6. Went hiking. We're participating in the Metro Park Fall Hiking Spree this year. The only thing we have to do to participate is hike 8 of the 15 preselected trails between September 1 and November 30. Not only is hiking a good way to keep us moving but it's also free entertainment, and in this economy, who doesn't want free entertainment? We knocked out quite a few trails on our time off, including Furnace Run in Richfield which was absolutely beautiful doused in all the fall colors.

7. Acquired a new pet. I hate spiders with a passion, but I have a certain moral code to follow when it comes to killing them. Basically, if the spider is outside, not bothering me, I'm not allowed to touch it, but any spider (or bug for that matter) that is within the walls of my home is fair game. So when I spotted the small spider in our bedroom I was ready and willing to kill it, but this sucker was smart and kept to the ceiling where I couldn't reach it. I saw it every day for about a week, and every day it was well outside of my fatal reach. Then it caught my eye one morning while Jon and I were laying around in bed for one of the 3 extra wonderful hours and I pointed it out to him in the hopes he would do my dirty work for me, but in true Jon fashion he opted not to kill it, but to name it instead. He named it Jesus using the Spanish pronunciation of Hay-soos. I didn't see anything wrong with this at first until one night when I noticed Hay-soos had moved from his usual perch over the bookshelves and had positioned himself directly above my head. Jon followed my gaze to the ceiling and finally agreed to kill him, but then we ran into a problem, because how can you kill anything named Jesus? Hay-soos is alive and doing well.

Friday, October 10, 2008


My mom forwarded this email to me back in January and I keep going back to it every once in a while for reassurance of something, of what I'm not quite sure, but I can't bring myself to delete it. I'm always stumped by #8 though, because I can't for the life of me think of who this may be, but then again, I guess that's the point. Anyway, I think the fact that I can't get rid of this is proof that I'm just a big sack of gullible goo.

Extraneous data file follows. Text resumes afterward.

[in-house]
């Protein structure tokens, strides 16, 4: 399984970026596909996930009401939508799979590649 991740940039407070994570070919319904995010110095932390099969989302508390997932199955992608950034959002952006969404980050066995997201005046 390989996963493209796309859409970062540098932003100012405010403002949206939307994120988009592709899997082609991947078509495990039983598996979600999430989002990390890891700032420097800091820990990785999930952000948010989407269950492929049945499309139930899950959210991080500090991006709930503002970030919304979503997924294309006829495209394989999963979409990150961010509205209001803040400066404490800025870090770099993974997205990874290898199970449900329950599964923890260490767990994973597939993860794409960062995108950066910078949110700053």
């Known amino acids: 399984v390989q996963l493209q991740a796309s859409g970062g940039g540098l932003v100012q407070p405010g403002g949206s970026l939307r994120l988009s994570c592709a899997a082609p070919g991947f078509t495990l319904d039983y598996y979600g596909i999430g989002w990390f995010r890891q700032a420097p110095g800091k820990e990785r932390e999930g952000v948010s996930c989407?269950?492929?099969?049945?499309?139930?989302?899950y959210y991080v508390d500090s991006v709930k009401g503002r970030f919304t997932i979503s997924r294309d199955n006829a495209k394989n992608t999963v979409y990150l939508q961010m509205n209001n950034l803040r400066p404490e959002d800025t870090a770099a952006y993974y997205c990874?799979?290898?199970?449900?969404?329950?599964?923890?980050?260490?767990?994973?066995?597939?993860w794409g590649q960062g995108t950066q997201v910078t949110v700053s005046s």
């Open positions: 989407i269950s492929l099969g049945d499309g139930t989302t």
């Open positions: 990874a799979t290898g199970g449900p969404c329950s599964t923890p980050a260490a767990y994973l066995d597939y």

This should probably be taped to your bathroom mirror where one could read it every day. You may not realize it, but it's 100% true.

1. There are at least two people in this world that you would die for.

2. At least 15 people in this world love you in some way.

3. The only reason anyone would ever hate you is because they want to be just like you.

4. A smile from you can bring happiness to anyone, even if they don't like you.

5. Every night, SOMEONE thinks about you before they go to sleep.

6. You mean the world to someone.

7. You are special and unique.

8. Someone that you don't even know exists loves you.

9. When you make the biggest mistake ever, something good comes from it.

10. When you think the world has turned its back on you take another look.

11. Always remember the compliments you received. Forget about the rude remarks.

Thursday, October 9, 2008

The Upside of Down

After the time I took today and tomorrow I'll be down to 1.5 vacation days to get me through to renewals in January. I'm stretching it thin, but I know the signs of needing mental health days when I see them.

The first sign of accumulating to do lists showed up a few weeks ago, followed shortly after by disinterest in my day to day life, and the mother of them all, the one with the power to debilitate me if left untreated happened on my drive into work on Tuesday. I don't know why it always comes down to this, but what happens is I ask myself, in a very degrading manner, how can you even think about having kids when all you ever have is a load of chaos on the brain? And then I think I'm right--I have no right to force this upon an innocent child. How could I--a woman of chaos and negativity--have ever believed that I deserved something so beautiful and precious? And I walk around in a sad stupor for 2 weeks.

That's so me--I'm not pregnant, I don't even know if I can get pregnant, but I'm always putting my non-existent children first.